Social Variables and Economics Success: The Case of Italian Industrial Development
AbstractItaly makes for a very interesting case study of the impact of social variables on economic performance. Across its provinces, differences in social and cultural attitudes seem associated to large differences in economic development. We analyze the importance of some social variables on industrialization and on employment creation across 95 Italian provinces during the period 1951-1991. On one hand we find little evidence that civic involvement (Social Capital) was associated with industrial and economic development. On the other hand we find strong evidence that organized crime, measured as high murder rates, was negatively correlated with industrial and economic development. We use measures of murder rates in the distant past to suggest that the correlation captures, at least in part, a stable and possibly causal link between organized crime and lack of employment growth.
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Bibliographic InfoPaper provided by University of California, Davis, Department of Economics in its series Working Papers with number 42.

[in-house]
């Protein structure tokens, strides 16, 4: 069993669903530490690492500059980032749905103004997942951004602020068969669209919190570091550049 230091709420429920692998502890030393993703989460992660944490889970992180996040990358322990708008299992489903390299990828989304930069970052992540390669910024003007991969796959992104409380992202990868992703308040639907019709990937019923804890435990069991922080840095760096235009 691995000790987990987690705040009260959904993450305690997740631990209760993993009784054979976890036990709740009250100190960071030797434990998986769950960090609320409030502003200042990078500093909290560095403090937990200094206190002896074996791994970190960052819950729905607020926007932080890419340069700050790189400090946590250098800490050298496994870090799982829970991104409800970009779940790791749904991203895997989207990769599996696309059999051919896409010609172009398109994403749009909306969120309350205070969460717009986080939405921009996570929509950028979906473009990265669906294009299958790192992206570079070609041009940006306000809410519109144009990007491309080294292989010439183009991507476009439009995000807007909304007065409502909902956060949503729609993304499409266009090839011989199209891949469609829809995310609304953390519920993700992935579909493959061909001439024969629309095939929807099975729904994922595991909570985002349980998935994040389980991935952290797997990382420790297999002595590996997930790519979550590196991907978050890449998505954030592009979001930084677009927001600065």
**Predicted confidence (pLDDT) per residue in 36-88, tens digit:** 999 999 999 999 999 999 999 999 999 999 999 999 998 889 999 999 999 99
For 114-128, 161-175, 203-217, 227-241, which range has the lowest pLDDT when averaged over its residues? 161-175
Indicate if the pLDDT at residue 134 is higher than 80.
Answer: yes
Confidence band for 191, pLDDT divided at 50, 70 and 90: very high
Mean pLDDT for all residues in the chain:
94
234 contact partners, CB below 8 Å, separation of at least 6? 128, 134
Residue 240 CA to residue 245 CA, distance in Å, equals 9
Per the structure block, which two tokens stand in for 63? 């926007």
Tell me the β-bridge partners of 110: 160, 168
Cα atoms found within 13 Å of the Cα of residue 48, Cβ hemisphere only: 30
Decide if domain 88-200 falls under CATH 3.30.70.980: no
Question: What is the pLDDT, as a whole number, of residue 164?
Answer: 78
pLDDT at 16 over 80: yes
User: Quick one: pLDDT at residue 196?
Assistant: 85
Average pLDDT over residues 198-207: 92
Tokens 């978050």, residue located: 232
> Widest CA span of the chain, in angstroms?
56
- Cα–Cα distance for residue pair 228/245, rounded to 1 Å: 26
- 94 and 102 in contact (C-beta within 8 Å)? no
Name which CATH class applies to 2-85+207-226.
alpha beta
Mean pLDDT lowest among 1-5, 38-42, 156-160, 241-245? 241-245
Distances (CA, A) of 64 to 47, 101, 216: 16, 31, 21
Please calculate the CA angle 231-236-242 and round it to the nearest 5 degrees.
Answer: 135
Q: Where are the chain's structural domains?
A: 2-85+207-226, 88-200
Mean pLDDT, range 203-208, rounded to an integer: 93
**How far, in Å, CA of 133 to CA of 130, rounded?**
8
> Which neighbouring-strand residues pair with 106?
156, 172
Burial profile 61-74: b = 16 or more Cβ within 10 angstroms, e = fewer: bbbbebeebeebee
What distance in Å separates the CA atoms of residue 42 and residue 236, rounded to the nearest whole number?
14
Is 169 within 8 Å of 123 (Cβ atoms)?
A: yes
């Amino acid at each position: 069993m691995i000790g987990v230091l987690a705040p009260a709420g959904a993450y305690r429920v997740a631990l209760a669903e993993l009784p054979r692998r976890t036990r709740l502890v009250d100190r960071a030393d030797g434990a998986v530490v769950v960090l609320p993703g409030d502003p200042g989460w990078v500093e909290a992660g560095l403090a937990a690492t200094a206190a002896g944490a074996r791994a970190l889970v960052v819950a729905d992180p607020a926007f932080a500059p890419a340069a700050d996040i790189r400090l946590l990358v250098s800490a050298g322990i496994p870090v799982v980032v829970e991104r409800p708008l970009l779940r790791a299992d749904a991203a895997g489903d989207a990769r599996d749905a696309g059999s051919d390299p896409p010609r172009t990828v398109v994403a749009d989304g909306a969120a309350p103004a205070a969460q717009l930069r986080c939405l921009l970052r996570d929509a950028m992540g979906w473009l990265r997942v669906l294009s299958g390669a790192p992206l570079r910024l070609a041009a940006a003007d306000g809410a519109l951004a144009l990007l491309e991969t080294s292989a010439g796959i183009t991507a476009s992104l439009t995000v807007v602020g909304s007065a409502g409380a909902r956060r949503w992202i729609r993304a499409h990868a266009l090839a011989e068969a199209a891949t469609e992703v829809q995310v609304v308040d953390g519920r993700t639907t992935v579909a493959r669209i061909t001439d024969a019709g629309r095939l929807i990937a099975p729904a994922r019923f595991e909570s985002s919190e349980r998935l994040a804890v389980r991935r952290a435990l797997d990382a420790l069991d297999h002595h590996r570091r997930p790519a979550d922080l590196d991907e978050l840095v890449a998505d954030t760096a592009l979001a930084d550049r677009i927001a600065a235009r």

Date of creation: 31 Mar 2004
Date of revision:
Industrial Development; Regional Productivity; Italian Provinces; Civic Spirit; Murder Rates;
Find related papers by JEL classification:
- R3 - Urban, Rural, Regional, Real Estate, and Transportation Economics - - Real Estate Markets, Spatial Production Analysis, and Firm Location
- Z13 - Other Special Topics - - Cultural Economics - - - Economic Sociology; Economic Anthropology; Social and Economic Stratification
- O52 - Economic Development, Technological Change, and Growth - - Economywide Country Studies - - - Europe
Please report citation or reference errors to , or , if you are the registered author of the cited work, log in to your RePEc Author Service profile, click on "citations" and make appropriate adjustments.:
- Jonathan Temple & Paul A. Johnson, 1998. "Social Capability And Economic Growth," The Quarterly Journal of Economics, MIT Press, vol. 113(3), pages 965-990, August.
- Soares, Rodrigo R., 2004. "Development, crime and punishment: accounting for the international differences in crime rates," Journal of Development Economics, Elsevier, vol. 73(1), pages 155-184, February.
- Eric D. Gould & Bruce A. Weinberg & David B. Mustard, 2002. "Crime Rates And Local Labor Market Opportunities In The United States: 1979-1997," The Review of Economics and Statistics, MIT Press, vol. 84(1), pages 45-61, February.
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